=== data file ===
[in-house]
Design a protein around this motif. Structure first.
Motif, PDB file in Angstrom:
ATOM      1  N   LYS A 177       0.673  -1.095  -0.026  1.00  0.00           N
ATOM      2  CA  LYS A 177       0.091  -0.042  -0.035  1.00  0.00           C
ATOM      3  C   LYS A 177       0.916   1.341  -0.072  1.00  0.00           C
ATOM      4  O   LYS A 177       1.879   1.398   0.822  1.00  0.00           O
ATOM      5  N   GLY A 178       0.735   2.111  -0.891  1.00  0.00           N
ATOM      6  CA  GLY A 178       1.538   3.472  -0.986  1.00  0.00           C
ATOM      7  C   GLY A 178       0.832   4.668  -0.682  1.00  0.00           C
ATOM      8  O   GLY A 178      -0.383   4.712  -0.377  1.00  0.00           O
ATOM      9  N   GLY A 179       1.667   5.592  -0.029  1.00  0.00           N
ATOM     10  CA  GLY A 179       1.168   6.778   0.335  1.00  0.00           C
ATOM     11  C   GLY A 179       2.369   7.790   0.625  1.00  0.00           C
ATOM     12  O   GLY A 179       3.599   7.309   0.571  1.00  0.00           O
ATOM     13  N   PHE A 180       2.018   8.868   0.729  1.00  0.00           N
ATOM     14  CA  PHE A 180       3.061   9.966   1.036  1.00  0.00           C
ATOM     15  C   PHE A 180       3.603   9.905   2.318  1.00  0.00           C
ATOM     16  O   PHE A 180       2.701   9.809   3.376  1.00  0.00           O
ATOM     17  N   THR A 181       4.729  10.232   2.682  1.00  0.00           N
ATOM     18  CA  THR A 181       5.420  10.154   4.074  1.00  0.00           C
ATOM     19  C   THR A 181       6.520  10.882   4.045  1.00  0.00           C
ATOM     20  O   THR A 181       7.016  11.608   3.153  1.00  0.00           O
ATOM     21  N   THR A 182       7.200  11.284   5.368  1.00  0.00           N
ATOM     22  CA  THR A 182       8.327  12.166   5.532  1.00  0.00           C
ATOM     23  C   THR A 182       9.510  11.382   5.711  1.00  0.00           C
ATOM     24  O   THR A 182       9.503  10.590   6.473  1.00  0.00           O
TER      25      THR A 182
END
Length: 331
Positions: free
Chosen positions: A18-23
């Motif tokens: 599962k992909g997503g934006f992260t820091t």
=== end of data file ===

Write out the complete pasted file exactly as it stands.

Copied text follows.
[in-house]
Design a protein around this motif. Structure first.
Motif, PDB file in Angstrom:
ATOM      1  N   LYS A 177       0.673  -1.095  -0.026  1.00  0.00           N
ATOM      2  CA  LYS A 177       0.091  -0.042  -0.035  1.00  0.00           C
ATOM      3  C   LYS A 177       0.916   1.341  -0.072  1.00  0.00           C
ATOM      4  O   LYS A 177       1.879   1.398   0.822  1.00  0.00           O
ATOM      5  N   GLY A 178       0.735   2.111  -0.891  1.00  0.00           N
ATOM      6  CA  GLY A 178       1.538   3.472  -0.986  1.00  0.00           C
ATOM      7  C   GLY A 178       0.832   4.668  -0.682  1.00  0.00           C
ATOM      8  O   GLY A 178      -0.383   4.712  -0.377  1.00  0.00           O
ATOM      9  N   GLY A 179       1.667   5.592  -0.029  1.00  0.00           N
ATOM     10  CA  GLY A 179       1.168   6.778   0.335  1.00  0.00           C
ATOM     11  C   GLY A 179       2.369   7.790   0.625  1.00  0.00           C
ATOM     12  O   GLY A 179       3.599   7.309   0.571  1.00  0.00           O
ATOM     13  N   PHE A 180       2.018   8.868   0.729  1.00  0.00           N
ATOM     14  CA  PHE A 180       3.061   9.966   1.036  1.00  0.00           C
ATOM     15  C   PHE A 180       3.603   9.905   2.318  1.00  0.00           C
ATOM     16  O   PHE A 180       2.701   9.809   3.376  1.00  0.00           O
ATOM     17  N   THR A 181       4.729  10.232   2.682  1.00  0.00           N
ATOM     18  CA  THR A 181       5.420  10.154   4.074  1.00  0.00           C
ATOM     19  C   THR A 181       6.520  10.882   4.045  1.00  0.00           C
ATOM     20  O   THR A 181       7.016  11.608   3.153  1.00  0.00           O
ATOM     21  N   THR A 182       7.200  11.284   5.368  1.00  0.00           N
ATOM     22  CA  THR A 182       8.327  12.166   5.532  1.00  0.00           C
ATOM     23  C   THR A 182       9.510  11.382   5.711  1.00  0.00           C
ATOM     24  O   THR A 182       9.503  10.590   6.473  1.00  0.00           O
TER      25      THR A 182
END
Length: 331
Positions: free
Chosen positions: A18-23
């Motif tokens: 599962k992909g997503g934006f992260t820091t």